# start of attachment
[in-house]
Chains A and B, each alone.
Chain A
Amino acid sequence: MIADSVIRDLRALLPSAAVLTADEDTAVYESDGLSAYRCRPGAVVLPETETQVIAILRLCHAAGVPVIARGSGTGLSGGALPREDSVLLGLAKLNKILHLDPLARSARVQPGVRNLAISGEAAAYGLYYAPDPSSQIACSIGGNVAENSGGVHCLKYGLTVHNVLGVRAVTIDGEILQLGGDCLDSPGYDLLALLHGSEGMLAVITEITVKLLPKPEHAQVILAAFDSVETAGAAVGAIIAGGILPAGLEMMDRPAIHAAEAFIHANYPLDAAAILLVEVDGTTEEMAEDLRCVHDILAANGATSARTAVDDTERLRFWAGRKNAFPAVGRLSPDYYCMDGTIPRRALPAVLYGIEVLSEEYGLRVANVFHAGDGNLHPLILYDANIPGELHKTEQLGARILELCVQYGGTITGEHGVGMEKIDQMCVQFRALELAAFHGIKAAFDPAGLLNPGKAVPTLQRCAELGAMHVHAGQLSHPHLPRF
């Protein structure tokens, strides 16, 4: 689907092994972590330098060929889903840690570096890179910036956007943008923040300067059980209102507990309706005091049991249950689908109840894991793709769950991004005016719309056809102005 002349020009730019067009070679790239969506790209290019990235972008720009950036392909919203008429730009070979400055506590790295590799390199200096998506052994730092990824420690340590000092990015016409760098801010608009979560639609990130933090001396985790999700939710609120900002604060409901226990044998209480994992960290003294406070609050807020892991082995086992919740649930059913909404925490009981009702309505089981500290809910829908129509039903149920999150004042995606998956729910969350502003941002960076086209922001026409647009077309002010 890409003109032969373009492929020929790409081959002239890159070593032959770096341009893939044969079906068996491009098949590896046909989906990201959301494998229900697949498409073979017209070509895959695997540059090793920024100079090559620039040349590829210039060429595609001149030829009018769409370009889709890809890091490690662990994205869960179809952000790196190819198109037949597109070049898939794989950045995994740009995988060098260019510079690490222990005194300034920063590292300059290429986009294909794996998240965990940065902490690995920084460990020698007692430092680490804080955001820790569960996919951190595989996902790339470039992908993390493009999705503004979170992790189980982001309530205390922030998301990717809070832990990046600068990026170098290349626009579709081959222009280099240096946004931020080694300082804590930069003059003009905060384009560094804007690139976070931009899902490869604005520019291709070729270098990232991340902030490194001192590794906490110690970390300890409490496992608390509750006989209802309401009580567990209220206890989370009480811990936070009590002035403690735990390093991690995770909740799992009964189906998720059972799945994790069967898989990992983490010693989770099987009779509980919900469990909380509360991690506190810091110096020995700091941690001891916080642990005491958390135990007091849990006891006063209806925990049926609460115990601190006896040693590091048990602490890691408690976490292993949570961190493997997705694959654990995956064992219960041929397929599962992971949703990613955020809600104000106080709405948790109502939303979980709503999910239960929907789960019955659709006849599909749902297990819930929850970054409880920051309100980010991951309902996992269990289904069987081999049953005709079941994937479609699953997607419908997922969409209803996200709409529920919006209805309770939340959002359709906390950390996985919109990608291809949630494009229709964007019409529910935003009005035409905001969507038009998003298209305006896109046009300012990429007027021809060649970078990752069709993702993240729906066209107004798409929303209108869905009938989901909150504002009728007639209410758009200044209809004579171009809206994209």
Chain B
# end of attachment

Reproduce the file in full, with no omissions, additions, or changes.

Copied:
[in-house]
Chains A and B, each alone.
Chain A
Amino acid sequence: MIADSVIRDLRALLPSAAVLTADEDTAVYESDGLSAYRCRPGAVVLPETETQVIAILRLCHAAGVPVIARGSGTGLSGGALPREDSVLLGLAKLNKILHLDPLARSARVQPGVRNLAISGEAAAYGLYYAPDPSSQIACSIGGNVAENSGGVHCLKYGLTVHNVLGVRAVTIDGEILQLGGDCLDSPGYDLLALLHGSEGMLAVITEITVKLLPKPEHAQVILAAFDSVETAGAAVGAIIAGGILPAGLEMMDRPAIHAAEAFIHANYPLDAAAILLVEVDGTTEEMAEDLRCVHDILAANGATSARTAVDDTERLRFWAGRKNAFPAVGRLSPDYYCMDGTIPRRALPAVLYGIEVLSEEYGLRVANVFHAGDGNLHPLILYDANIPGELHKTEQLGARILELCVQYGGTITGEHGVGMEKIDQMCVQFRALELAAFHGIKAAFDPAGLLNPGKAVPTLQRCAELGAMHVHAGQLSHPHLPRF
């Protein structure tokens, strides 16, 4: 689907092994972590330098060929889903840690570096890179910036956007943008923040300067059980209102507990309706005091049991249950689908109840894991793709769950991004005016719309056809102005 002349020009730019067009070679790239969506790209290019990235972008720009950036392909919203008429730009070979400055506590790295590799390199200096998506052994730092990824420690340590000092990015016409760098801010608009979560639609990130933090001396985790999700939710609120900002604060409901226990044998209480994992960290003294406070609050807020892991082995086992919740649930059913909404925490009981009702309505089981500290809910829908129509039903149920999150004042995606998956729910969350502003941002960076086209922001026409647009077309002010 890409003109032969373009492929020929790409081959002239890159070593032959770096341009893939044969079906068996491009098949590896046909989906990201959301494998229900697949498409073979017209070509895959695997540059090793920024100079090559620039040349590829210039060429595609001149030829009018769409370009889709890809890091490690662990994205869960179809952000790196190819198109037949597109070049898939794989950045995994740009995988060098260019510079690490222990005194300034920063590292300059290429986009294909794996998240965990940065902490690995920084460990020698007692430092680490804080955001820790569960996919951190595989996902790339470039992908993390493009999705503004979170992790189980982001309530205390922030998301990717809070832990990046600068990026170098290349626009579709081959222009280099240096946004931020080694300082804590930069003059003009905060384009560094804007690139976070931009899902490869604005520019291709070729270098990232991340902030490194001192590794906490110690970390300890409490496992608390509750006989209802309401009580567990209220206890989370009480811990936070009590002035403690735990390093991690995770909740799992009964189906998720059972799945994790069967898989990992983490010693989770099987009779509980919900469990909380509360991690506190810091110096020995700091941690001891916080642990005491958390135990007091849990006891006063209806925990049926609460115990601190006896040693590091048990602490890691408690976490292993949570961190493997997705694959654990995956064992219960041929397929599962992971949703990613955020809600104000106080709405948790109502939303979980709503999910239960929907789960019955659709006849599909749902297990819930929850970054409880920051309100980010991951309902996992269990289904069987081999049953005709079941994937479609699953997607419908997922969409209803996200709409529920919006209805309770939340959002359709906390950390996985919109990608291809949630494009229709964007019409529910935003009005035409905001969507038009998003298209305006896109046009300012990429007027021809060649970078990752069709993702993240729906066209107004798409929303209108869905009938989901909150504002009728007639209410758009200044209809004579171009809206994209």
Chain B